When? It was probably 1980 or 1981, it could have been later, but by then we were living in Pittsburgh. Where? It was probably Woodfield Mall in Schaumburg. I don’t remember the exact circumstances, but I do remember the emotion. I don’t even remember who I was with when I first saw it — maybe Mom and Aunt Ginny. All I really remember is walking past the window and seeing the painting and having a powerful feeling of sadness, but also a feeling of desire. I wanted to own the painting.
I must have talked to Dean who probably reluctantly agreed to visit the Merill Chase Gallery in the mall to see if he wanted to own it too. I do remember going into the gallery and telling a Merill Chase employee that we were interested in purchasing the painting in the window. The employee showed us a small room with a sofa or comfortable chairs and invited us to sit while she had the painting brought to us and placed on an easel. She left us alone for a few minutes while we talked about it. I explained why I liked it. I don’t recall Dean’s responses. I really wanted it. It was not too expensive, as I recall something we could afford, but not easily. It turned out that the painting was actually a serigraph and came with a certificate of authenticity.
We bought the serigraph and it hung in the living room of our Pittsburgh apartment. It must have hung in our Alexandria homes — in places where visitors could see it. For many years it hung above our bed in Bethesda. One night Clare and Andrew asked me the story of the painting. Since I didn’t know the actual story, I made one up. I don’t remember exactly what I said, but it had something to do with the merry-go-round being magical so the horses could still run on it but one horse wanted to run free and jumped off the carousel, only to freeze a few hundred feet away from the merry-go-round. No happy ending. I think it made the kids very sad.
Once I realized that the Internet knew everything, I looked up the artist, Robert Addison. I found a few things about him. His other work was often as depressing. The merry-go-round in my serigraph is featured in some of his other work. Its origin is based on seeing a bombed out merry-go-round when he was stationed in England during World War 2. The painting was completed in 1979. I think he did two versions of it because there is mention of “Moonlit Merry-go-Round, II” on the Internet. More recent searches have found that Dennis De Young from Styx used Moonlit Merry-go-Round on an album called One Hundred Days from Now.
Once I established my attic office the painting was taken there. I think it makes Dean sad, and he doesn’t really like it — I don’t think he ever did. But I do, I still do. Only I ever see it now — or Dean when he comes to the attic. Very rarely do guests visit the attic so, the only actual piece of art (by an artist who is not a friend or family member) is hidden away for only a few sets of eyes. And that makes me sad.
Dean and I were first introduced to Mary Hamilton’s work when we went to Pittsburgh’s annual “A Fair in the Park” when we lived in Pittsburgh. Her artwork was on the poster advertising it and we picked up a free copy while there (it turns out she does the posters most years). That could have also been the year we bought a print — but since we were poor back then, I don’t know how we were able to afford it. It is possible that once we were settled in Alexandria and had a little spare cash we went back to Pittsburgh and bought our Wolves Dining Out (Observed) print. That also must have been the year we bought the cat print for Neal and Marie. Anyway — we first heard of Mary Hamilton in Pittsburgh in 1984 and fell in love with her linocuts. Ms Hamilton’s work is whimsical, magical and colorful and it appealed to both Dean and me — which is very rare. We bought the Wolves, Dining Out (Observed) directly from her and she told us to make note that the wolves were eating peas and were very messy eaters.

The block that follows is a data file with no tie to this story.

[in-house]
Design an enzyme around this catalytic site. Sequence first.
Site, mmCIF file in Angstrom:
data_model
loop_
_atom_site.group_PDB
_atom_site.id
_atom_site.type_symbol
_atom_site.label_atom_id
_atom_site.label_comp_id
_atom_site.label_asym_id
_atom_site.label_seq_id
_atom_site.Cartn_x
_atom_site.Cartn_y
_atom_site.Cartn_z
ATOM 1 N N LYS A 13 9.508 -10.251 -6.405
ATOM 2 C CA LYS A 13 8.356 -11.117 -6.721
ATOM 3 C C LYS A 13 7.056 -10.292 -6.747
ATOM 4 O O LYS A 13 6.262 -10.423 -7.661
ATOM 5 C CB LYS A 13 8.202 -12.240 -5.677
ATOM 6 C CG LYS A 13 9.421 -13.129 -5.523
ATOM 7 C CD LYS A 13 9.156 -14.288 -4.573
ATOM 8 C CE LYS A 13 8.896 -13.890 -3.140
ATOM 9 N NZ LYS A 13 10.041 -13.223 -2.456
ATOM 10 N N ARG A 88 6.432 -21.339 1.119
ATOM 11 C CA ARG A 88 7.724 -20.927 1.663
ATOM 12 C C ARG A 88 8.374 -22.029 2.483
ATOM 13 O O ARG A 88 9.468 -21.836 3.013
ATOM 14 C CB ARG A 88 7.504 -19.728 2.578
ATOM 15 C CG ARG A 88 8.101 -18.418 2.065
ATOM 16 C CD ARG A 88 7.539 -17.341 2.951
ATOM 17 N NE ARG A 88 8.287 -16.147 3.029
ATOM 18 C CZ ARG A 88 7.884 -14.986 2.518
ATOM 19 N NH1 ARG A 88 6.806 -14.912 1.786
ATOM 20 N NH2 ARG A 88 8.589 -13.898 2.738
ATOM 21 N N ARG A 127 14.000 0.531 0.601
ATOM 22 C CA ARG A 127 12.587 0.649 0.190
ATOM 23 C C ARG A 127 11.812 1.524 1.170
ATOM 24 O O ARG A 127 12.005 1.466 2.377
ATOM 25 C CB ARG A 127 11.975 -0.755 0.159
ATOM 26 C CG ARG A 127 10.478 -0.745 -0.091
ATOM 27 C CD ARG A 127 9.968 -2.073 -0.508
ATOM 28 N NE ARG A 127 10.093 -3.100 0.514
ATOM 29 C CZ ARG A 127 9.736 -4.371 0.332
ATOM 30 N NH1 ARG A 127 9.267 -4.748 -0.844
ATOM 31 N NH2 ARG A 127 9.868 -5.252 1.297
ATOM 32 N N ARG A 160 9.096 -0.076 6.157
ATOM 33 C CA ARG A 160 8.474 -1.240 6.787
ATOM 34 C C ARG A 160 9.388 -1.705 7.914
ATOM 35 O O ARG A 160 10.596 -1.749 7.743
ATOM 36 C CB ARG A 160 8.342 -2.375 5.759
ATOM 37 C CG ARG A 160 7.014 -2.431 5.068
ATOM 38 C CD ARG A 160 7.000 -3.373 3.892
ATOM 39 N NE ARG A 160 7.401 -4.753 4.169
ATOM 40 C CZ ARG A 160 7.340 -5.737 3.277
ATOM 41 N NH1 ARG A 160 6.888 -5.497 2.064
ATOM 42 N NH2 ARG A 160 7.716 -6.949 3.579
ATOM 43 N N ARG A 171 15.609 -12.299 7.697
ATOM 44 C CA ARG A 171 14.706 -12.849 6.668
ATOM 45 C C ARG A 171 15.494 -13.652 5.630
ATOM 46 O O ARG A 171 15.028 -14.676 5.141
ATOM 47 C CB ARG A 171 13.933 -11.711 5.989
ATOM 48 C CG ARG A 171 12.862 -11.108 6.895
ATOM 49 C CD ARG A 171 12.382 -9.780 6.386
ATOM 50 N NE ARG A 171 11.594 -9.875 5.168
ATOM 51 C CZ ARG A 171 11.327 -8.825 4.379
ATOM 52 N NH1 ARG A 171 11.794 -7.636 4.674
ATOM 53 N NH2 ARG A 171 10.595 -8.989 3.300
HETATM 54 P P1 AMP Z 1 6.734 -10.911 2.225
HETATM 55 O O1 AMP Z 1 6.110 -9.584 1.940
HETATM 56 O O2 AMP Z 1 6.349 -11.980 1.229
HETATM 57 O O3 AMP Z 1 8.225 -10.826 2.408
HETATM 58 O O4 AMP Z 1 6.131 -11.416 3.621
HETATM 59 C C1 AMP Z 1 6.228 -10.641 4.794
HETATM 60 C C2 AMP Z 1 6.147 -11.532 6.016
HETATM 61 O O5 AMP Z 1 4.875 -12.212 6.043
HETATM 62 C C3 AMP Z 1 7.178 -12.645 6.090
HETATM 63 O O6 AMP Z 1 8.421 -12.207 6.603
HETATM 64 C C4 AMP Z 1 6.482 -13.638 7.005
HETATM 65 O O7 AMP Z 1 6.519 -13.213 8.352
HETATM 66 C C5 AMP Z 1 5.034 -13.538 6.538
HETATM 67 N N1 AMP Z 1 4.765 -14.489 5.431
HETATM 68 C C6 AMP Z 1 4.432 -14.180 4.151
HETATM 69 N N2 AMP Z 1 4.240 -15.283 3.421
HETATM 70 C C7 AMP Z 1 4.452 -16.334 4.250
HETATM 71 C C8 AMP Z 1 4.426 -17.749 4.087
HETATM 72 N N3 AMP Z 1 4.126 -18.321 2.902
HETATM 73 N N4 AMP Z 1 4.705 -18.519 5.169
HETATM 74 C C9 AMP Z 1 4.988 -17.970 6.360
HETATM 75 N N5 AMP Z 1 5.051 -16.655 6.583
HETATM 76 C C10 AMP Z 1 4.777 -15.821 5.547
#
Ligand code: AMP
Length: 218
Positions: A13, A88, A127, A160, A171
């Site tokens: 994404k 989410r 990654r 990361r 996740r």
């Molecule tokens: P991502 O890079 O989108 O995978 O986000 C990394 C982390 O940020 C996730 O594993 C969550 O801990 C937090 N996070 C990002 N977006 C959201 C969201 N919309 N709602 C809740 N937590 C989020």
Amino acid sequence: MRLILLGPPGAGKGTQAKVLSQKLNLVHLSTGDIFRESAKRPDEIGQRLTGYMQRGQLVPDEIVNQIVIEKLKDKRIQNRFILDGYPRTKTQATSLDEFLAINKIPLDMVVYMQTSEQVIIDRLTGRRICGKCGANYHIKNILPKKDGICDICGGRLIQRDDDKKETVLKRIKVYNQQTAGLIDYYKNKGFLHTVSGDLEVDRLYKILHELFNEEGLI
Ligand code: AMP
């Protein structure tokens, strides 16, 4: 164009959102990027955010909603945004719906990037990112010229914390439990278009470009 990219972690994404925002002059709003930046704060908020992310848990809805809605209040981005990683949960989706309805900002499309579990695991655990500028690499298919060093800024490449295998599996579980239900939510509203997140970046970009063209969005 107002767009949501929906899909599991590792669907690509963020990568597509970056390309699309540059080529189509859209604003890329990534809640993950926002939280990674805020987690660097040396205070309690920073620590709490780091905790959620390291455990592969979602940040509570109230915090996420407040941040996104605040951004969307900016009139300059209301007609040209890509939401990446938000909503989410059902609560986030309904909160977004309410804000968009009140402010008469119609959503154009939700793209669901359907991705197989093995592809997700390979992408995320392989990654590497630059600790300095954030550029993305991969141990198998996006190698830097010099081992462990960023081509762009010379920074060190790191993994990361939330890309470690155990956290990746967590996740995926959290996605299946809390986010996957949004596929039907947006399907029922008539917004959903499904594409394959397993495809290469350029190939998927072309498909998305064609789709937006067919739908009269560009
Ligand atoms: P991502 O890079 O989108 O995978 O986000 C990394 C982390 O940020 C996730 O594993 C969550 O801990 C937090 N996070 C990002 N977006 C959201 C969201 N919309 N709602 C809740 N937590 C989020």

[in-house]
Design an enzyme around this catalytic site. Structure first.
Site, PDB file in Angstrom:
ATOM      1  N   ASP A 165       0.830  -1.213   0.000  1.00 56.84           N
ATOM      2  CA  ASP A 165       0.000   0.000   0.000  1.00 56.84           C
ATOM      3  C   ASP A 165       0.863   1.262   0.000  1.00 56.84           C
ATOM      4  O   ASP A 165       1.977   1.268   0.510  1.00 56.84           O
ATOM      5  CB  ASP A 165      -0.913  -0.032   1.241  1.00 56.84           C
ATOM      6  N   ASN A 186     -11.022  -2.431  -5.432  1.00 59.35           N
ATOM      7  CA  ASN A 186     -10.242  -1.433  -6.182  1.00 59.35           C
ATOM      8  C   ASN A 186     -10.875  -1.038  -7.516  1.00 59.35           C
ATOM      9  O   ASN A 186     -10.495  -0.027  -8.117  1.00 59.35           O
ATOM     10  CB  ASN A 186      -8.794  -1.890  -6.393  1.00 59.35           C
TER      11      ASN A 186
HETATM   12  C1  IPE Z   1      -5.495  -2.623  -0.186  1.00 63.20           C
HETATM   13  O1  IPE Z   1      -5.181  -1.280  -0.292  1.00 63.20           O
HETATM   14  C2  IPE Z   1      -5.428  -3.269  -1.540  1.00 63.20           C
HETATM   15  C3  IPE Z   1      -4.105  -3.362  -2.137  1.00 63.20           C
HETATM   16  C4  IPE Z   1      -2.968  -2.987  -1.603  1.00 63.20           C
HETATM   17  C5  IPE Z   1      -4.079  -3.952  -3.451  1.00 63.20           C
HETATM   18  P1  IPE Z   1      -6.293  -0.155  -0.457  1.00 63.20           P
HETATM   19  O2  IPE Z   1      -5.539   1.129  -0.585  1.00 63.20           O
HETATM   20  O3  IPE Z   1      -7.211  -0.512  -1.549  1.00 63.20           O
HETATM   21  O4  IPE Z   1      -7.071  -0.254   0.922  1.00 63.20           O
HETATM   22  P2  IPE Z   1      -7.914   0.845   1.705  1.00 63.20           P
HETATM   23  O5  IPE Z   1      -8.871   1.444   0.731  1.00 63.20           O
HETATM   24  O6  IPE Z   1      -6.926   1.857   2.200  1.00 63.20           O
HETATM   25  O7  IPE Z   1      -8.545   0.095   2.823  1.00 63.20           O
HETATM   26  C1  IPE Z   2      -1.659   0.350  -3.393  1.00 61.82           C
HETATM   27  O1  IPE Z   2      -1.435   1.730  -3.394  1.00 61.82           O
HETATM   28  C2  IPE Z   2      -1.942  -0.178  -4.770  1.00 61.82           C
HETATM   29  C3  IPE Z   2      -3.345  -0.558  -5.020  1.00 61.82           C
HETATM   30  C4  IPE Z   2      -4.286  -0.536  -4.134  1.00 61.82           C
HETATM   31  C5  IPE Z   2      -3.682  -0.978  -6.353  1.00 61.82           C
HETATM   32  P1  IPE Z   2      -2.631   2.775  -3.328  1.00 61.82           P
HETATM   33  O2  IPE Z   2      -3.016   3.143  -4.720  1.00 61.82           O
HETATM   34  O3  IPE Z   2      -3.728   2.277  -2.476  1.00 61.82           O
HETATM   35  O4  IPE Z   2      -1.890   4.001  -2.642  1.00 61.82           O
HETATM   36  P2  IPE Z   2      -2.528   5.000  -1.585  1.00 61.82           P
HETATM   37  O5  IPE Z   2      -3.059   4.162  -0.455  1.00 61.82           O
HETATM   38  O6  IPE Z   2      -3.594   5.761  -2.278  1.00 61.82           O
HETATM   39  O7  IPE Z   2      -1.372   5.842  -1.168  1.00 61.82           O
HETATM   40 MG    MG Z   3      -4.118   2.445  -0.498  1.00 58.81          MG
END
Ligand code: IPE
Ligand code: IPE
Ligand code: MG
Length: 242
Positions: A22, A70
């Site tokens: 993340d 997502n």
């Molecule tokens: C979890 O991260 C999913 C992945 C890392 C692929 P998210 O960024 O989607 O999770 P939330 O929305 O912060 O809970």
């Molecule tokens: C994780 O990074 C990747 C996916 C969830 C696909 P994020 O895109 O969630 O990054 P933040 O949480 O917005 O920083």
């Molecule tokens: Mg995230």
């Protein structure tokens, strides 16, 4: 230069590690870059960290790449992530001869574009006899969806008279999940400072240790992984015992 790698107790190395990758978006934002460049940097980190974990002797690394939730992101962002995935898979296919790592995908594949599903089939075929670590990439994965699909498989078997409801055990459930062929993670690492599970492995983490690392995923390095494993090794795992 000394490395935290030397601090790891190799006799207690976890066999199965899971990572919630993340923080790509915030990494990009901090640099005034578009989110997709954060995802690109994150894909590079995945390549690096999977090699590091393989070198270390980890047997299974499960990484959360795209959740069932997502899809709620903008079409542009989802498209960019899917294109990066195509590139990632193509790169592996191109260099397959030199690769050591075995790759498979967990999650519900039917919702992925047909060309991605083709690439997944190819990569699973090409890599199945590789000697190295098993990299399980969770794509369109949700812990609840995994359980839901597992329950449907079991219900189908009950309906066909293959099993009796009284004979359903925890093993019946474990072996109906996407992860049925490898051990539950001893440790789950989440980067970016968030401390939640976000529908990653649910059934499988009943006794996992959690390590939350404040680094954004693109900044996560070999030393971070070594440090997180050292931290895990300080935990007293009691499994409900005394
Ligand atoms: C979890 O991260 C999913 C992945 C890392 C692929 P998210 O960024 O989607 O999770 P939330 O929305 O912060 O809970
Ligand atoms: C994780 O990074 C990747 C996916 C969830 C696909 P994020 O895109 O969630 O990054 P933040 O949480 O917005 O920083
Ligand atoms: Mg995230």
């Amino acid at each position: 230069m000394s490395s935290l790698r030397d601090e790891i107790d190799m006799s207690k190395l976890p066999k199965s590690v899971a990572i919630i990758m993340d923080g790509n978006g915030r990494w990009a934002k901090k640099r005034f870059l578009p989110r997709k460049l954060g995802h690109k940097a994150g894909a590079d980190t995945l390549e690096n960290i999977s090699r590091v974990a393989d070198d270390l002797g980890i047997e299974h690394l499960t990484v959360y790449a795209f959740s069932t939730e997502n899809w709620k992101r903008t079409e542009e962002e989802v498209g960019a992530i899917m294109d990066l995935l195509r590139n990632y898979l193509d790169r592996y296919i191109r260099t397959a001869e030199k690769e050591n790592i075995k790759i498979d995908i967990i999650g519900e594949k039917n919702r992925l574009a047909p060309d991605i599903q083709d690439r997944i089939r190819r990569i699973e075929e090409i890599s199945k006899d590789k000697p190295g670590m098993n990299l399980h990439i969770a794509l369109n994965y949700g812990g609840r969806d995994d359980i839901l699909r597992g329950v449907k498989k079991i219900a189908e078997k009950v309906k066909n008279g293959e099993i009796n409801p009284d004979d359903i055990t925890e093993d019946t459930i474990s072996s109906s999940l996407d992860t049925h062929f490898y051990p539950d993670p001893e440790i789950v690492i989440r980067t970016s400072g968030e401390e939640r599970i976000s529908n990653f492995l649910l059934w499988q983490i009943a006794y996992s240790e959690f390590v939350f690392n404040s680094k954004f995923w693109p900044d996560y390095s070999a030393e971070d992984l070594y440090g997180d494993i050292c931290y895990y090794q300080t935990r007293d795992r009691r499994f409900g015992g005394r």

A Fair in the Park poster 1984
Wolves Dining Out (Observed)
The year I was pregnant with Clare, and we were paying a visit to Neal and Marie in early summer, I wondered what we could bring them for a host/hostess gift. We both wished that we knew where to buy a Mary Hamilton print since they loved the cat print so much. I did a bold thing (for me — I hate talking to strangers on the telephone) and called the telephone number on a card that came with my Wolves Dining Out (Observed) print. The next thing I knew, I was talking to Mary Hamilton herself. She told me that the only place nearby that I could purchase her work was at P Street Gallery in Georgetown (now closed, alas). So I did another rare thing — I drove to Georgetown, parked the car and bought a framed print. This one was of two children in a tree. Marie loved it — maybe Neal did too, I don’t know. It is possible that Dean went to P Street Gallery with me at a later date and we bought our “The Invitation” print. Otherwise, I don’t know where it came from.
Somewhere, perhaps at P Street Gallery, I bought a box of greeting cards with Ms Hamilton’s prints on them. I only gave them to very special people (or Dean since he could give it back to me if I wanted it) because I loved her artwork so much. I recently came across the 4 remaining cards and plan to get them framed either individually or as a quartet.
The Porch Swing
I am not sure of the reason for this post except to show off our collection of Mary Hamiltons. I’m also thinking of planning a trip to Pittsburgh in early to mid-September to maybe buy more…
My cousin gave me her old wood burning set when I was a kid — at least I think it came from her. Anyway, I made a couple of things. And of course my mother kept them. Judge for yourself, should I have kept it up? Did I show promise?